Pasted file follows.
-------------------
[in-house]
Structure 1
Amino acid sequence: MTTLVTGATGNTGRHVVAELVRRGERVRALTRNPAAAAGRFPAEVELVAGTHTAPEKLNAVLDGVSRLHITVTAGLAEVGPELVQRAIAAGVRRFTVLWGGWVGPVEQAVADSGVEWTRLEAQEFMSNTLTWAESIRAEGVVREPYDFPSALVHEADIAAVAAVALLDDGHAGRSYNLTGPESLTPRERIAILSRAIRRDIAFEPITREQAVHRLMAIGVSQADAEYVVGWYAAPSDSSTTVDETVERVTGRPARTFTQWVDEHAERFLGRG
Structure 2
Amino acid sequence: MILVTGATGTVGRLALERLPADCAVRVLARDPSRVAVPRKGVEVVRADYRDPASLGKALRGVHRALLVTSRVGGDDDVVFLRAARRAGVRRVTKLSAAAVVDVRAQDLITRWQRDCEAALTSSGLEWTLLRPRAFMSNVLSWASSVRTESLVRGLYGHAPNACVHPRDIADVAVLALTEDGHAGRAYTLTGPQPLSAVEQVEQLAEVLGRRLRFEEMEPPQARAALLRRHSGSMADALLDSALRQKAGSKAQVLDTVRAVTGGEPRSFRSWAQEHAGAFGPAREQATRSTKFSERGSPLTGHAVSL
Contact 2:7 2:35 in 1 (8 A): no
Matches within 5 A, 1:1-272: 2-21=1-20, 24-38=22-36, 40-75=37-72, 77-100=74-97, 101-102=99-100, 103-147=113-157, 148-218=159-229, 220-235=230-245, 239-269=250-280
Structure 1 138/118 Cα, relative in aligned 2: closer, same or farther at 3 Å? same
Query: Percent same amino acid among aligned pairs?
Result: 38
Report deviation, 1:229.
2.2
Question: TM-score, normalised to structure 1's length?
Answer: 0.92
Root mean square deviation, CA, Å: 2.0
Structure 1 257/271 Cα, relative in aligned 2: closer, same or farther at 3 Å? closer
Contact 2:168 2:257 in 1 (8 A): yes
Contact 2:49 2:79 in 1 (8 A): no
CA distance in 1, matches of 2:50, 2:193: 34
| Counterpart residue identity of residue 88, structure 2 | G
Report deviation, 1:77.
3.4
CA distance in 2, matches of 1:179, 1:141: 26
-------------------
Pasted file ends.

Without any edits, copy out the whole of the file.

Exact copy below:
[in-house]
Structure 1
Amino acid sequence: MTTLVTGATGNTGRHVVAELVRRGERVRALTRNPAAAAGRFPAEVELVAGTHTAPEKLNAVLDGVSRLHITVTAGLAEVGPELVQRAIAAGVRRFTVLWGGWVGPVEQAVADSGVEWTRLEAQEFMSNTLTWAESIRAEGVVREPYDFPSALVHEADIAAVAAVALLDDGHAGRSYNLTGPESLTPRERIAILSRAIRRDIAFEPITREQAVHRLMAIGVSQADAEYVVGWYAAPSDSSTTVDETVERVTGRPARTFTQWVDEHAERFLGRG
Structure 2
Amino acid sequence: MILVTGATGTVGRLALERLPADCAVRVLARDPSRVAVPRKGVEVVRADYRDPASLGKALRGVHRALLVTSRVGGDDDVVFLRAARRAGVRRVTKLSAAAVVDVRAQDLITRWQRDCEAALTSSGLEWTLLRPRAFMSNVLSWASSVRTESLVRGLYGHAPNACVHPRDIADVAVLALTEDGHAGRAYTLTGPQPLSAVEQVEQLAEVLGRRLRFEEMEPPQARAALLRRHSGSMADALLDSALRQKAGSKAQVLDTVRAVTGGEPRSFRSWAQEHAGAFGPAREQATRSTKFSERGSPLTGHAVSL
Contact 2:7 2:35 in 1 (8 A): no
Matches within 5 A, 1:1-272: 2-21=1-20, 24-38=22-36, 40-75=37-72, 77-100=74-97, 101-102=99-100, 103-147=113-157, 148-218=159-229, 220-235=230-245, 239-269=250-280
Structure 1 138/118 Cα, relative in aligned 2: closer, same or farther at 3 Å? same
Query: Percent same amino acid among aligned pairs?
Result: 38
Report deviation, 1:229.
2.2
Question: TM-score, normalised to structure 1's length?
Answer: 0.92
Root mean square deviation, CA, Å: 2.0
Structure 1 257/271 Cα, relative in aligned 2: closer, same or farther at 3 Å? closer
Contact 2:168 2:257 in 1 (8 A): yes
Contact 2:49 2:79 in 1 (8 A): no
CA distance in 1, matches of 2:50, 2:193: 34
| Counterpart residue identity of residue 88, structure 2 | G
Report deviation, 1:77.
3.4
CA distance in 2, matches of 1:179, 1:141: 26